When I was done I handed him a collision card with the report number on it as I said, “Here’s a card.”

It was the same card I give out to regular people at collisions. “Keep this so you can look back and laugh one day.”

He smiled and took the card. Hopefully in a few years he’ll think the card was as funny as I did.


“Is your license really valid?”


The other night I decided to watch a stop sign in a neighborhood because of a complaint. I parked at an L shaped intersection in plain view for all to see. I was parked along the curb in the dark when this car passed me on the left as it approached the stop sign. The car rolled through the stop and made its turn like I wasn’t there. I threw my lights on and stopped the car, wondering what the heck the driver was thinking.

I walked up to the car and asked the driver why she didn’t stop for the stop sign and if she saw the police car. At first, the driver told me she stopped. After further questioning and a Jedi Mind Trick, she admitted to not stopping. I next asked her if she had a license.

“Not with me,” she replied.

“Where is it at?”

“It broke in half two days ago.”

That was one of the dumbest excuses I had ever heard. Now I was sure her license was either suspended or she was never issued one.

“Is your license valid?”


I walked back to my car and entered her name into the computer. I knew it was a waste of time because there was no way her license was valid after the “broke in half” excuse. Call me skeptical, but it was a gut feeling.

Of course, it wasn’t valid. Her license expired in 2009 and she had two prior convictions for driving on a suspended license. Her license wasn’t just barely expired. It was really, really expired.

I couldn’t believe she tried telling me it was valid, but it was a nice try. I went back up to the driver and asked her about her license. She again told me it was valid. When do these people give up?

She next said it was set to be renewed in December of 2015. She was getting nervous at this point and started talking more and more. She then said something about failing the written test.

I asked her how many times she had failed the written test in the last year. She said, “Six times.”

“You know, they don’t make you take the test six times if you already have a valid driver’s license?”

“I have to take the test to renew it.”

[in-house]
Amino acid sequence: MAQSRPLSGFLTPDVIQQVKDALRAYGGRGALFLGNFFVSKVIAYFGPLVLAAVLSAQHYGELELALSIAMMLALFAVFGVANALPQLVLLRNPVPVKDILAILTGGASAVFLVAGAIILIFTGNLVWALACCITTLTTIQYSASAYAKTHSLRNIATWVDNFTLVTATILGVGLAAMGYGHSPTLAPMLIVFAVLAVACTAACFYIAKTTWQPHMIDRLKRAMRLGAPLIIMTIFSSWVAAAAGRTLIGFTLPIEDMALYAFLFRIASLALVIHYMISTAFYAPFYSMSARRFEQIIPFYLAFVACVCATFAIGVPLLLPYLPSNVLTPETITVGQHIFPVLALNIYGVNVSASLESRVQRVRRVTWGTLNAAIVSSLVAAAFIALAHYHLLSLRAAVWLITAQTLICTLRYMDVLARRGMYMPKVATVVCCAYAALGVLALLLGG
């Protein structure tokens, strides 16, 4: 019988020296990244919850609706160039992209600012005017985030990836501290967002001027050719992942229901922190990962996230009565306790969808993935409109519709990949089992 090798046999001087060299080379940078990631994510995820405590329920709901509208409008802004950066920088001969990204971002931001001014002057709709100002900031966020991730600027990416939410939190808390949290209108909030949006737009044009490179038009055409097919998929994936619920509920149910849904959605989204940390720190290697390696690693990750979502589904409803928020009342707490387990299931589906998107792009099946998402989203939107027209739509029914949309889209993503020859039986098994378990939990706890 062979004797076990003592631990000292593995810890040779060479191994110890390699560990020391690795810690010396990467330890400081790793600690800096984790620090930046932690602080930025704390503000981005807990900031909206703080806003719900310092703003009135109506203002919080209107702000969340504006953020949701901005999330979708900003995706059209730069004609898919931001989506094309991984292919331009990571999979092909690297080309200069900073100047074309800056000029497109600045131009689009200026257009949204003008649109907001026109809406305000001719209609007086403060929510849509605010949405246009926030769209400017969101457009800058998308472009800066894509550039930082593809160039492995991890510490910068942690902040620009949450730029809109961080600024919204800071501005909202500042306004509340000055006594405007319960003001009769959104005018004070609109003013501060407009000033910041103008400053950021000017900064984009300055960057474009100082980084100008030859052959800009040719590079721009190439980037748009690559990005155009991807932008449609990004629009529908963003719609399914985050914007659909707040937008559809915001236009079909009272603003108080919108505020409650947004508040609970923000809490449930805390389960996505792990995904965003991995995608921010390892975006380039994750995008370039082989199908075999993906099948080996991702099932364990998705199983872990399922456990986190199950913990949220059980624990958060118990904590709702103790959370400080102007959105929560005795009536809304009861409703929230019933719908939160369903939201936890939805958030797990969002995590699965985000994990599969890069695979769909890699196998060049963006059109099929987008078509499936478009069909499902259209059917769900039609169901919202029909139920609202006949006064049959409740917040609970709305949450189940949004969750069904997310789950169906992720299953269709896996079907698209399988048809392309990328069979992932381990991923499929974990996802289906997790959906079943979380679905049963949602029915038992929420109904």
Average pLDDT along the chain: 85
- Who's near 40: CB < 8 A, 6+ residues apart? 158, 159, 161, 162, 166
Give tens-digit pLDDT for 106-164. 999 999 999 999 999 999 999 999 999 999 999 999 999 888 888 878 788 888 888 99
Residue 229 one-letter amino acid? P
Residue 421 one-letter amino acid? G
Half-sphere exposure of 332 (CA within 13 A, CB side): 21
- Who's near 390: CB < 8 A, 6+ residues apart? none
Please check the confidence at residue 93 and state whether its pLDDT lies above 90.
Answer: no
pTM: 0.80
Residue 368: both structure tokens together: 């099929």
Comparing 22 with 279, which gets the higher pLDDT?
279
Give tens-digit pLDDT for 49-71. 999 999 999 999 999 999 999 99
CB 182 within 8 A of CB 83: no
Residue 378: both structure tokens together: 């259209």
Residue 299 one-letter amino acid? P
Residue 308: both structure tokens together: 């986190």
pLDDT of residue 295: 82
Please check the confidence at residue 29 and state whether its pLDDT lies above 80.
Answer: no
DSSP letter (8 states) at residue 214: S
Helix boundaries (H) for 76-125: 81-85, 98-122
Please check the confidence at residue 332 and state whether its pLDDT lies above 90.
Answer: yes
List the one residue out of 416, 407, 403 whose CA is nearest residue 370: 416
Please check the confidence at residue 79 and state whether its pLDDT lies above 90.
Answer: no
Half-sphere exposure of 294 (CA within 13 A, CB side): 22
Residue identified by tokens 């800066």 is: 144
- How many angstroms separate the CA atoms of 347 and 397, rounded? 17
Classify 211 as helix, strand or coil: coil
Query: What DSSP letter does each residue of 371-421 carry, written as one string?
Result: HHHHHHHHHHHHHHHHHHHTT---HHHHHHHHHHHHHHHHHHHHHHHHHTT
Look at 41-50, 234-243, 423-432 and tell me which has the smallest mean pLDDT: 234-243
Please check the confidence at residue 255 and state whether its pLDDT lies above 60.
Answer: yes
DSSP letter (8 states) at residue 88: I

That’s when she threw out one more excuse, hoping it would stick on the wall somewhere.

“I have a permit.”

“Ok. Show it to me.”

“It’s in storage,” she said.

“That doesn’t make sense. No one would put their permit in storage when they need it to drive,” I said.

Now she needed a diversion. She raised her voice and told me cops make her nervous because of all the things that happen on the news.

“Have I done anything wrong?” I asked.


Good, I wanted that for my body worn camera in case she tried to complain about me. I went back to my car and started writing her the ticket. I also called for a tow truck.

When I went back up to the driver door she was upset. She signed the ticket and asked to keep the car. I told her it was getting impounded because her license expired 6 years ago.

She exited the car and said, “I bet you’d let me keep the car if I was white.”

I almost laughed when I heard that since the driver and I were both Hispanic. I wanted so bad to say, “Nope, I’d take the car if you were white too,” but I held my tongue.

Then with a mean and sarcastic tone she said, “Thank you for protecting and serving,”

“Your welcome,” I replied.

She turned toward me with all the evilness she could muster. She even threw some imaginary darts my way with her eyes. Who cares? She lied and I was just doing my job. She could’ve stopped for the stop sign and made things easier for both of us.

After she left I told the tow truck driver what she said. He laughed as he said, “You take everybody’s car. It doesn’t matter if they’re white, black, Asian or Hispanic. If they’re wrong you take the car.”

At least the tow truck driver knew I was fair!

A few days letter there was a note in my mailbox at work from the driver. She left it after getting a release for the impound. The note said she was sorry for being rude at the end of the stop. It also said she was lagging and she finally got her license back.

She wasn’t such a bad person after all. She was just really mad because her car was impounded and that remark was the best she could come up with. At least she has her license now. I bet she stops the next time she comes up to that stop sign.

It’s not every day you get an apology from someone. I actually appreciated the note because she didn’t have to write it. Just another happy ending in police work.